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Weary but determined, California's small, family-owned farms fight through the pandemic

By Lucas Kwan Peterson, Los Angeles Times on

Published in Business News

Sometimes, the water bill leaps from $2,000 per month into the tens of thousands in the blink of an eye. "Last year, we had one month where the bill was $32,000," Bernard said. "The king couldn't afford this."

Compounding the water woes is the loss of business because of the pandemic. "It hit us really hard," Bernard said. "All of our restaurant sales, hotel sales, small store sales, individual people, boom, it went to zero. We didn't sell a box of lemons for March or April."

The lack of revenue has forced Bernard to do the unthinkable: cull some of his beloved trees.

The trees, like people, have needs, he said, and they don't stop requiring maintenance simply because fewer people are buying fruit. "They're living things," Bernard said. "They respond to care, they respond to lack of care. I look to these trees for inspiration a lot of the time."

Bernard said that he's had about 500 trees removed and that he will likely take out several hundred more. Despite the heartbreak of losing trees, Bernard said he's determined to survive the pandemic, describing his attitude as "defiant."

"Anybody can do this when it's easy," he said. "I choose to do it now just to prove myself that I can."

 

Debby Takikawa and her husband, Shu, farm 66 acres for The Garden Of ..., their business in the Santa Ynez Valley, and also have a small home farm. When the coronavirus hit, the toll was harsh and immediate. "Restaurant wholesale is about two-thirds of our business, and we lost about 75% of that," she said. "It was an unimaginable hit."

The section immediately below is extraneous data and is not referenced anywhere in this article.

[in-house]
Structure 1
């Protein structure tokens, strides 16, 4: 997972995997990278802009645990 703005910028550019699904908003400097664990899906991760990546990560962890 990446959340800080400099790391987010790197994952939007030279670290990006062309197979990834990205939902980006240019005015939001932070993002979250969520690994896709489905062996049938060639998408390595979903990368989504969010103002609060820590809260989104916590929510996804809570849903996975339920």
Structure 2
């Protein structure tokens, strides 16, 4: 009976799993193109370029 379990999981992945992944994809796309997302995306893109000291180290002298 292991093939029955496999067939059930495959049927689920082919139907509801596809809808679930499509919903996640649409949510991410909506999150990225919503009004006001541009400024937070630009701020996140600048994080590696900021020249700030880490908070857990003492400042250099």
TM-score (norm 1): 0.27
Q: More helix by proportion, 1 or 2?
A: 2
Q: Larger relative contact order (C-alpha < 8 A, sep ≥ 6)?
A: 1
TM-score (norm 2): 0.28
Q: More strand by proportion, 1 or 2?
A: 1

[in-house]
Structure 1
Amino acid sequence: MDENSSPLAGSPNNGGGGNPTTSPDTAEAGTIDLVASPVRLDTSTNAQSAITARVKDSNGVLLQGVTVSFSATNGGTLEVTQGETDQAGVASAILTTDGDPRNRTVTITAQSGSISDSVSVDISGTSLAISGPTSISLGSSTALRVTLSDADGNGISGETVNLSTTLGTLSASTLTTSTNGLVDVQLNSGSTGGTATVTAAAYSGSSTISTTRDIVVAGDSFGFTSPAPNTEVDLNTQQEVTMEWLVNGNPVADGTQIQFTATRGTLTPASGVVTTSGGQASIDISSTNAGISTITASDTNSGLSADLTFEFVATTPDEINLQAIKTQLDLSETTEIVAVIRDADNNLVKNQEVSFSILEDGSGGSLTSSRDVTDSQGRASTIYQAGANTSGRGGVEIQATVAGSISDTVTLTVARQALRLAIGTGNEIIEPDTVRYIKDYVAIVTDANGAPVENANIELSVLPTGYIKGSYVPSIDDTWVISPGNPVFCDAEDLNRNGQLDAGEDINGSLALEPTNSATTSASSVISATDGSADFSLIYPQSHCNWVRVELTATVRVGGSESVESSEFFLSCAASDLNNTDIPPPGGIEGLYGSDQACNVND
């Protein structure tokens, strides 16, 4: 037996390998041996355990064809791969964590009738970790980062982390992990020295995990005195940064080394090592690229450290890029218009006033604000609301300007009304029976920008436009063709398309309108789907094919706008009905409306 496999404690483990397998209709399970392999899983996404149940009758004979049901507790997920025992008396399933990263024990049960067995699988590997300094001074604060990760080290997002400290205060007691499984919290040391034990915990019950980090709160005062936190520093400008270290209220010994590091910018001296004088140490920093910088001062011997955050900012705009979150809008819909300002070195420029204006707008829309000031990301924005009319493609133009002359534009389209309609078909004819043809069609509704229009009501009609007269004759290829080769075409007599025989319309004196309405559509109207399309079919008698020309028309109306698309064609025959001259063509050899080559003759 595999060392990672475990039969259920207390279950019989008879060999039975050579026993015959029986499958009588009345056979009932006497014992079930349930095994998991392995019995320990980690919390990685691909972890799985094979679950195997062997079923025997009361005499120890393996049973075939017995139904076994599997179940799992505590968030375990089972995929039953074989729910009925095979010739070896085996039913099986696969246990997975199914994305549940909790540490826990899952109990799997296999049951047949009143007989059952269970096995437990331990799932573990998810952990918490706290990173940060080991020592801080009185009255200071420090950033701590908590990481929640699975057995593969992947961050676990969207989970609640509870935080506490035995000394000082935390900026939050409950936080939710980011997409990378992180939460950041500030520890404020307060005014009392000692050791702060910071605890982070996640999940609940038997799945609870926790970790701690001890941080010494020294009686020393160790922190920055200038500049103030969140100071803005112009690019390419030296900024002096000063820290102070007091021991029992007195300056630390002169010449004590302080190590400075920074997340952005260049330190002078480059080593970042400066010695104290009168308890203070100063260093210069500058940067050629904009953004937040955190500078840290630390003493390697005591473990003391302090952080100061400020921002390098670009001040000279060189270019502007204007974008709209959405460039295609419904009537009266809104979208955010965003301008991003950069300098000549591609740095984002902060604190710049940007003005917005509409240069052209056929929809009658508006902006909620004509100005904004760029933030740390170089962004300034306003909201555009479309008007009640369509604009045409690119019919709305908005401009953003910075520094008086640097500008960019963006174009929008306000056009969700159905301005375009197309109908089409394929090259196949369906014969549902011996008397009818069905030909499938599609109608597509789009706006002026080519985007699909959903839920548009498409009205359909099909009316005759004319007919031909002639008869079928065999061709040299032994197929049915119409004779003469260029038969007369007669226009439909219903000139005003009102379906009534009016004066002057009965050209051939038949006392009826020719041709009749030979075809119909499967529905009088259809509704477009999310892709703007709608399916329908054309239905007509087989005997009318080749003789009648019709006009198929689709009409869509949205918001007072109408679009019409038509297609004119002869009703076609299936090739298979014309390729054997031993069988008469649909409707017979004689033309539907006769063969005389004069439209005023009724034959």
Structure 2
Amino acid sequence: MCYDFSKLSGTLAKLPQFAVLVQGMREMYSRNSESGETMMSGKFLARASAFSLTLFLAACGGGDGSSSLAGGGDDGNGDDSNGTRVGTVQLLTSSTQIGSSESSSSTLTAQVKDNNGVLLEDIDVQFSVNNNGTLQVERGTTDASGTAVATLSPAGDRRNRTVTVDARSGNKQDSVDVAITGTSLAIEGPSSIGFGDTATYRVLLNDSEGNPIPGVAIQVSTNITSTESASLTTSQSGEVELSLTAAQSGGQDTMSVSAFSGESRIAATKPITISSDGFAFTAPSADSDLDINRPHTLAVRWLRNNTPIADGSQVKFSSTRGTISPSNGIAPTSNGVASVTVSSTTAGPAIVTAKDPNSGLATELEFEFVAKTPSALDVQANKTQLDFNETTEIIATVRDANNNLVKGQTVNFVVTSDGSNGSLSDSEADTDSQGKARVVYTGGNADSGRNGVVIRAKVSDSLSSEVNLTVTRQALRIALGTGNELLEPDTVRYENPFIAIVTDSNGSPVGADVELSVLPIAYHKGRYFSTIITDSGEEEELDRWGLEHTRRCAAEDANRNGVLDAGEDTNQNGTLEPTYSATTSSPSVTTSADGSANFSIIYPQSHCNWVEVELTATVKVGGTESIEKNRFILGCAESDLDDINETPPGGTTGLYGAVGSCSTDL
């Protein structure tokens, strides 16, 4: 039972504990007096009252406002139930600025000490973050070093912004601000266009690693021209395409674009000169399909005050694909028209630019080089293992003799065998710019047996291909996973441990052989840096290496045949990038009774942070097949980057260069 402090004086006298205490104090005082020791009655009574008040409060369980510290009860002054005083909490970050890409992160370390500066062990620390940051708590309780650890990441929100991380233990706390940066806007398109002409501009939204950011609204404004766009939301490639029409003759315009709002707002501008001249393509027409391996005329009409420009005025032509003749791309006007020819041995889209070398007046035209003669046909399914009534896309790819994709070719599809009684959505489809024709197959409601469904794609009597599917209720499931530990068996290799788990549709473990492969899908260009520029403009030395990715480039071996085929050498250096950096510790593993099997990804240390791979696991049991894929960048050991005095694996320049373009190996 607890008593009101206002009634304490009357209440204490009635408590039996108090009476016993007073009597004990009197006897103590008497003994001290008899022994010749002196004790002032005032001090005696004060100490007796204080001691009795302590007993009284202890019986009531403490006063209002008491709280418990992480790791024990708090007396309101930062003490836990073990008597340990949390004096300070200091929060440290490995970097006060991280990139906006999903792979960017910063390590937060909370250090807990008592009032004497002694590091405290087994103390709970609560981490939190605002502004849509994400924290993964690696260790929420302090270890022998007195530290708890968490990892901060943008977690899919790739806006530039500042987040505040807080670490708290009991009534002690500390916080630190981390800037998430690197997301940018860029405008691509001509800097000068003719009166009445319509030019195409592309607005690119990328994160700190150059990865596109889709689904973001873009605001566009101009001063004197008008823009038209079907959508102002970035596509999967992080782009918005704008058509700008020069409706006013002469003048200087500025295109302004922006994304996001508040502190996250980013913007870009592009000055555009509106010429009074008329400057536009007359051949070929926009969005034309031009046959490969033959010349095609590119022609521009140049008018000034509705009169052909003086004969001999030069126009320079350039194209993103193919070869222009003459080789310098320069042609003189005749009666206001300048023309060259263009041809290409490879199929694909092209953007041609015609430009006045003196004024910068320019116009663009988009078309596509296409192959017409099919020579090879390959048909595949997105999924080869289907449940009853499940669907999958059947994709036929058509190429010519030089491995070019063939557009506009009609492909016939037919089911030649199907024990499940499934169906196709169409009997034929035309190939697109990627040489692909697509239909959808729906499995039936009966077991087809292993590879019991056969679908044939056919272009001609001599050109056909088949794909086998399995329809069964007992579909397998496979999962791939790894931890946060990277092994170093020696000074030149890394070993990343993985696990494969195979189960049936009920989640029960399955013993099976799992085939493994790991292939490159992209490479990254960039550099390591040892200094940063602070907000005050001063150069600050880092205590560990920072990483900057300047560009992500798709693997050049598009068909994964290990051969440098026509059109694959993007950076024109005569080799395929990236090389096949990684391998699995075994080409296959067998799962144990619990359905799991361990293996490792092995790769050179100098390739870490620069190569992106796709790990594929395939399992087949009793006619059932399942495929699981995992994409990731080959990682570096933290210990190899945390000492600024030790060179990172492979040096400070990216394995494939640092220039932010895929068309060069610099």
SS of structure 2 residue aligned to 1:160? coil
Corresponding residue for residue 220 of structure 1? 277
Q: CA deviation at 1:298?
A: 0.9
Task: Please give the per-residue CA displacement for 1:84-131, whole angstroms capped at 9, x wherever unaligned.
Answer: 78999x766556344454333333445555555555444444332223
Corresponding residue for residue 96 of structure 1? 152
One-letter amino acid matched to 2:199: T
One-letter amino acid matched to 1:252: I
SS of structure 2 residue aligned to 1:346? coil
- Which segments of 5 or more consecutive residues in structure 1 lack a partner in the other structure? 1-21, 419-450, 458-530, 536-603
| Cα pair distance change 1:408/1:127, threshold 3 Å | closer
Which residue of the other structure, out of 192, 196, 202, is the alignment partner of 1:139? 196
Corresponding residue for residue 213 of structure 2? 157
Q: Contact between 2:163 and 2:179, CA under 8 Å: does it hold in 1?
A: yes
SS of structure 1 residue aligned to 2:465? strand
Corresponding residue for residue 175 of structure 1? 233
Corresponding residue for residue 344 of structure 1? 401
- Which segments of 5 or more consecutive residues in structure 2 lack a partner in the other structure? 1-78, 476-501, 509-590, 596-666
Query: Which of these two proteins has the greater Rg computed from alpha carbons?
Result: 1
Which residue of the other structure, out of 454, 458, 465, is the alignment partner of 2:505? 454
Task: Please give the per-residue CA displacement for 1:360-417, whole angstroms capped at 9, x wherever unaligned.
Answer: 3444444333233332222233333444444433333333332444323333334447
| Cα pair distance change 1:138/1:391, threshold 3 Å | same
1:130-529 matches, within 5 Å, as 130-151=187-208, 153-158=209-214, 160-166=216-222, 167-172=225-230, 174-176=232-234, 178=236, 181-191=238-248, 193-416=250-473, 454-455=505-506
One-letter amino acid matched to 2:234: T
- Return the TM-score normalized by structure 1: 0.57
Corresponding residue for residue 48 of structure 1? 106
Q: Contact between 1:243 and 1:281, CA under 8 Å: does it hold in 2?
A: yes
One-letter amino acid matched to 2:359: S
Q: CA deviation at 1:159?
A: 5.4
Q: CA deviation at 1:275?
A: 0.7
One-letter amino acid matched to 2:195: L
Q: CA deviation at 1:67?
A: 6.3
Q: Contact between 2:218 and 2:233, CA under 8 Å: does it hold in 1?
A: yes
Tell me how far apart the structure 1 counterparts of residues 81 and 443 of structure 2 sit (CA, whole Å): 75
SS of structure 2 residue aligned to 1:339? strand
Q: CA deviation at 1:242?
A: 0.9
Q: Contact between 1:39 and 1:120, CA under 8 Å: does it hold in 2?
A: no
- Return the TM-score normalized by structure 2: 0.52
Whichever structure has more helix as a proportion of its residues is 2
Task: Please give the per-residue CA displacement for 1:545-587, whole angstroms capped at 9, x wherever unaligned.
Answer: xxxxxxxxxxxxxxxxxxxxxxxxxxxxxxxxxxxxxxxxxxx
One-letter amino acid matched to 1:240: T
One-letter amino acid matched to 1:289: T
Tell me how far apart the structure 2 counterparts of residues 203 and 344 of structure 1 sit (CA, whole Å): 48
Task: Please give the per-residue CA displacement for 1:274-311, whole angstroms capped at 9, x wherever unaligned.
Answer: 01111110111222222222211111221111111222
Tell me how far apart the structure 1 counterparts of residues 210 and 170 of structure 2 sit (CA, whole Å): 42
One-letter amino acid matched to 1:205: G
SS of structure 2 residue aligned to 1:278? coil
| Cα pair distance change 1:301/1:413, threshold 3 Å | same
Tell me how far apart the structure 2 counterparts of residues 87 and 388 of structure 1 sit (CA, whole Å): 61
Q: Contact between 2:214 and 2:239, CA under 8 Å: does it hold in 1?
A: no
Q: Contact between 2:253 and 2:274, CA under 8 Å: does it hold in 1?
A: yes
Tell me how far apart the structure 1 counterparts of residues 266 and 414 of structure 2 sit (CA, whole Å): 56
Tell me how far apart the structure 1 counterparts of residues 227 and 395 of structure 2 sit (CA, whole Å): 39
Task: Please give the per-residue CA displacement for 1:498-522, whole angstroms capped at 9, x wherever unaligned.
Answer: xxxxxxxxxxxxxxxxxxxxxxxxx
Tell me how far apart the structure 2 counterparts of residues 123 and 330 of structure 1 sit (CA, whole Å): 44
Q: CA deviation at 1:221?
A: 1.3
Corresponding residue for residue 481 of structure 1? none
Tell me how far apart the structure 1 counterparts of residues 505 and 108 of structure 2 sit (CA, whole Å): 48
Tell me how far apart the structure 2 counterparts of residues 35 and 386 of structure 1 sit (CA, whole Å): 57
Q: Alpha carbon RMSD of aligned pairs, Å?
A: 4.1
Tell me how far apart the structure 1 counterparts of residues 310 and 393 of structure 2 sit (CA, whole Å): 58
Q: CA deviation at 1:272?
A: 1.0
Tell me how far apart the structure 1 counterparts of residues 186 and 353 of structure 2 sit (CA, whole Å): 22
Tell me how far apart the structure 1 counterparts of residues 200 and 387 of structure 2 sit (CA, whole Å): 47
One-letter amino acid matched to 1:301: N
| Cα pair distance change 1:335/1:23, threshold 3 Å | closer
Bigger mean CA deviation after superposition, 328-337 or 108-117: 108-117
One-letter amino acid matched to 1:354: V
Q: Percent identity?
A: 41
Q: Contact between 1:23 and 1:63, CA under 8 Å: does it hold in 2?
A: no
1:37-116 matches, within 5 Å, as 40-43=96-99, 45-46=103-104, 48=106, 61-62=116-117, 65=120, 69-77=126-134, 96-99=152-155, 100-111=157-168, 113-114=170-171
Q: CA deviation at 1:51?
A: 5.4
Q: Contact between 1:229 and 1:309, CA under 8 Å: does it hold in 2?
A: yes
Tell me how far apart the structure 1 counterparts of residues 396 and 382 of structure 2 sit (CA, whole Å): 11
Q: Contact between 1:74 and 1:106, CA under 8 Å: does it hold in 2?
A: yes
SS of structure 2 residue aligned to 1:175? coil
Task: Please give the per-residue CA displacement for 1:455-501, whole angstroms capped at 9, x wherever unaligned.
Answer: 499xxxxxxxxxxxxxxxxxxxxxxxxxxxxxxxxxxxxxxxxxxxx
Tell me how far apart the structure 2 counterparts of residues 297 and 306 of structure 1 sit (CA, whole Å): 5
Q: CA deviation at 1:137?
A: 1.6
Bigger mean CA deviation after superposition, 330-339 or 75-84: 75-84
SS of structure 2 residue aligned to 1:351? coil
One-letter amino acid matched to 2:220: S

To make up for the lost revenue, the Takikawas began producing farm boxes for consumers, but that's required substantially more work and virtually eliminated their profit. For a 24-piece box of exclusively Little Gem lettuce, she said, "we cut and pack in the field; it takes about three minutes to make a box." The farm box, by contrast, "contains one of every single thing that we grow. The profit margin was nonexistent," she said. "But it kept us going."

Filling a farm box means growing nearly twice the variety of products they normally do, Takikawa said. That's about 18 different things instead of the normal 10. "We had to completely change our planting schedule," she said. "Little Asian greens and turnips and things that we could get out of the ground quickly."

The farm also received a $250,000 loan from the government's Paycheck Protection Program, which she used for payroll. The loan will likely be forgiven, per the program's terms, which is something Takikawa is counting on ("If they don't forgive the loan, we'll go belly up. We'll go bankrupt. I can't pay it back."). She emphasized how grateful she is for the money, but she is concerned about the possible financial burden that will come following an IRS announcement that ordinarily deductible business expenses won't be deductible if paid with PPP funds.

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